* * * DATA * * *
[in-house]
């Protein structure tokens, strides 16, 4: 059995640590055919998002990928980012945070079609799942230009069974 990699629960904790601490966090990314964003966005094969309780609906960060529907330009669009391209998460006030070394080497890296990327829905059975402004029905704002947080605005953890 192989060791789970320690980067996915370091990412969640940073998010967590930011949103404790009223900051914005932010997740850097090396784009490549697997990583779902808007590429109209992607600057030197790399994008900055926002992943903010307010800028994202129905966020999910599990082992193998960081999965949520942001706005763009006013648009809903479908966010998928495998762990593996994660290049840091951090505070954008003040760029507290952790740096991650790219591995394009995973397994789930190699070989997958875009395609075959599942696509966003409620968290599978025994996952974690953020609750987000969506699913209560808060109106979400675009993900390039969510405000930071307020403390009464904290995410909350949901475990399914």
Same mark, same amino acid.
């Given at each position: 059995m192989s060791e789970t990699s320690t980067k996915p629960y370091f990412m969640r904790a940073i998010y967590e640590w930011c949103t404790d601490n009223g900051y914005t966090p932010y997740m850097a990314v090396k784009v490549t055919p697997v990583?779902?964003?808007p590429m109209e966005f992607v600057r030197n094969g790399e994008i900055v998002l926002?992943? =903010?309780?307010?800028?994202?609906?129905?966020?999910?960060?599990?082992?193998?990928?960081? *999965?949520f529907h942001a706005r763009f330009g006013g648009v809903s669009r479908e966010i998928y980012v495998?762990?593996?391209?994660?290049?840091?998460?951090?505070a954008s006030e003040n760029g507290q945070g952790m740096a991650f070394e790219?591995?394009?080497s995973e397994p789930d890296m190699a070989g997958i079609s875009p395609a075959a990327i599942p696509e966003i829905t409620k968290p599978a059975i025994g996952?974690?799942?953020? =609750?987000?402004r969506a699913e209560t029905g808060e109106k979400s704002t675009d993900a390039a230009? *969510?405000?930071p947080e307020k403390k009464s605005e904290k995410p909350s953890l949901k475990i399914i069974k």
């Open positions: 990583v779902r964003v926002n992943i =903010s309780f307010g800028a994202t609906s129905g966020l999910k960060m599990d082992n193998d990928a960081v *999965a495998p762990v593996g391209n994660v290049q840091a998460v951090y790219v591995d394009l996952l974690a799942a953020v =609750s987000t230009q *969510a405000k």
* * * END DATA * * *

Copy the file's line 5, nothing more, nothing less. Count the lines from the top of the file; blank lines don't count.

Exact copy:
């Open positions: 990583v779902r964003v926002n992943i =903010s309780f307010g800028a994202t609906s129905g966020l999910k960060m599990d082992n193998d990928a960081v *999965a495998p762990v593996g391209n994660v290049q840091a998460v951090y790219v591995d394009l996952l974690a799942a953020v =609750s987000t230009q *969510a405000k």